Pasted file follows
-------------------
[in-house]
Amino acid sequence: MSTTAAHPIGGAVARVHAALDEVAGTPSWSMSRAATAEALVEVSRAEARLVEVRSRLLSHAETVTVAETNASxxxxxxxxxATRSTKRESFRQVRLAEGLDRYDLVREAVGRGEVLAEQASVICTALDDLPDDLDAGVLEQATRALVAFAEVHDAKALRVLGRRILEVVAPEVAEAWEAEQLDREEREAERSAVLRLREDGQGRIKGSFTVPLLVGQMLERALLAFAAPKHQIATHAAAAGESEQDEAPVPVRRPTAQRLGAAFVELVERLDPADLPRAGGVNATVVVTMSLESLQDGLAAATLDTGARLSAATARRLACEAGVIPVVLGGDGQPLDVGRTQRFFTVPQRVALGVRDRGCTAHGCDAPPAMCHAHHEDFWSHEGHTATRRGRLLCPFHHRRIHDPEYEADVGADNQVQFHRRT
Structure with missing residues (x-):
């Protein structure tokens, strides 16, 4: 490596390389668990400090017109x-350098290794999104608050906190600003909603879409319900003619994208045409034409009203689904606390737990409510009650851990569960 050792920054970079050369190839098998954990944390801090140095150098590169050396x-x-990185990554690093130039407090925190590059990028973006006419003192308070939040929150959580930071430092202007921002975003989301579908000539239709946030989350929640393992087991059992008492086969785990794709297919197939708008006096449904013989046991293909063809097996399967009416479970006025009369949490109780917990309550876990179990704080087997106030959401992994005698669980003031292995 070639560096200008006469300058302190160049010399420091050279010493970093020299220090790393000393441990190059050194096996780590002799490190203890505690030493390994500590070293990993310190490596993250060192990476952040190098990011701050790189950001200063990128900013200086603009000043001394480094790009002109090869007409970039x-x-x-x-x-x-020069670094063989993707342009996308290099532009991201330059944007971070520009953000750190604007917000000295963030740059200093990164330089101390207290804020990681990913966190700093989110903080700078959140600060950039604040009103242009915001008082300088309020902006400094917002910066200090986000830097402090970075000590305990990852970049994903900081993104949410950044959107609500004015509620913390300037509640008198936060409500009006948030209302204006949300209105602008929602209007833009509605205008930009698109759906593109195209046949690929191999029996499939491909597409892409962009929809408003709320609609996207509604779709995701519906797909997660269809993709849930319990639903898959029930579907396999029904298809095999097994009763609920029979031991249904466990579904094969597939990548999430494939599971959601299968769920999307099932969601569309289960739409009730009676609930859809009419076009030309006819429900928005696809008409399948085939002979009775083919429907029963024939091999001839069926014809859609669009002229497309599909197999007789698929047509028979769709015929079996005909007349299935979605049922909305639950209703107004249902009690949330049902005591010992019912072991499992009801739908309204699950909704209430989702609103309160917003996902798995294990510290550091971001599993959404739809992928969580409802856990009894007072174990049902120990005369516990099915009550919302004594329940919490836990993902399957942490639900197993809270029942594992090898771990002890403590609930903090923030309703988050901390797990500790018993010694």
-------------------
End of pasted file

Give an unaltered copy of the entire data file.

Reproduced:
[in-house]
Amino acid sequence: MSTTAAHPIGGAVARVHAALDEVAGTPSWSMSRAATAEALVEVSRAEARLVEVRSRLLSHAETVTVAETNASxxxxxxxxxATRSTKRESFRQVRLAEGLDRYDLVREAVGRGEVLAEQASVICTALDDLPDDLDAGVLEQATRALVAFAEVHDAKALRVLGRRILEVVAPEVAEAWEAEQLDREEREAERSAVLRLREDGQGRIKGSFTVPLLVGQMLERALLAFAAPKHQIATHAAAAGESEQDEAPVPVRRPTAQRLGAAFVELVERLDPADLPRAGGVNATVVVTMSLESLQDGLAAATLDTGARLSAATARRLACEAGVIPVVLGGDGQPLDVGRTQRFFTVPQRVALGVRDRGCTAHGCDAPPAMCHAHHEDFWSHEGHTATRRGRLLCPFHHRRIHDPEYEADVGADNQVQFHRRT
Structure with missing residues (x-):
């Protein structure tokens, strides 16, 4: 490596390389668990400090017109x-350098290794999104608050906190600003909603879409319900003619994208045409034409009203689904606390737990409510009650851990569960 050792920054970079050369190839098998954990944390801090140095150098590169050396x-x-990185990554690093130039407090925190590059990028973006006419003192308070939040929150959580930071430092202007921002975003989301579908000539239709946030989350929640393992087991059992008492086969785990794709297919197939708008006096449904013989046991293909063809097996399967009416479970006025009369949490109780917990309550876990179990704080087997106030959401992994005698669980003031292995 070639560096200008006469300058302190160049010399420091050279010493970093020299220090790393000393441990190059050194096996780590002799490190203890505690030493390994500590070293990993310190490596993250060192990476952040190098990011701050790189950001200063990128900013200086603009000043001394480094790009002109090869007409970039x-x-x-x-x-x-020069670094063989993707342009996308290099532009991201330059944007971070520009953000750190604007917000000295963030740059200093990164330089101390207290804020990681990913966190700093989110903080700078959140600060950039604040009103242009915001008082300088309020902006400094917002910066200090986000830097402090970075000590305990990852970049994903900081993104949410950044959107609500004015509620913390300037509640008198936060409500009006948030209302204006949300209105602008929602209007833009509605205008930009698109759906593109195209046949690929191999029996499939491909597409892409962009929809408003709320609609996207509604779709995701519906797909997660269809993709849930319990639903898959029930579907396999029904298809095999097994009763609920029979031991249904466990579904094969597939990548999430494939599971959601299968769920999307099932969601569309289960739409009730009676609930859809009419076009030309006819429900928005696809008409399948085939002979009775083919429907029963024939091999001839069926014809859609669009002229497309599909197999007789698929047509028979769709015929079996005909007349299935979605049922909305639950209703107004249902009690949330049902005591010992019912072991499992009801739908309204699950909704209430989702609103309160917003996902798995294990510290550091971001599993959404739809992928969580409802856990009894007072174990049902120990005369516990099915009550919302004594329940919490836990993902399957942490639900197993809270029942594992090898771990002890403590609930903090923030309703988050901390797990500790018993010694």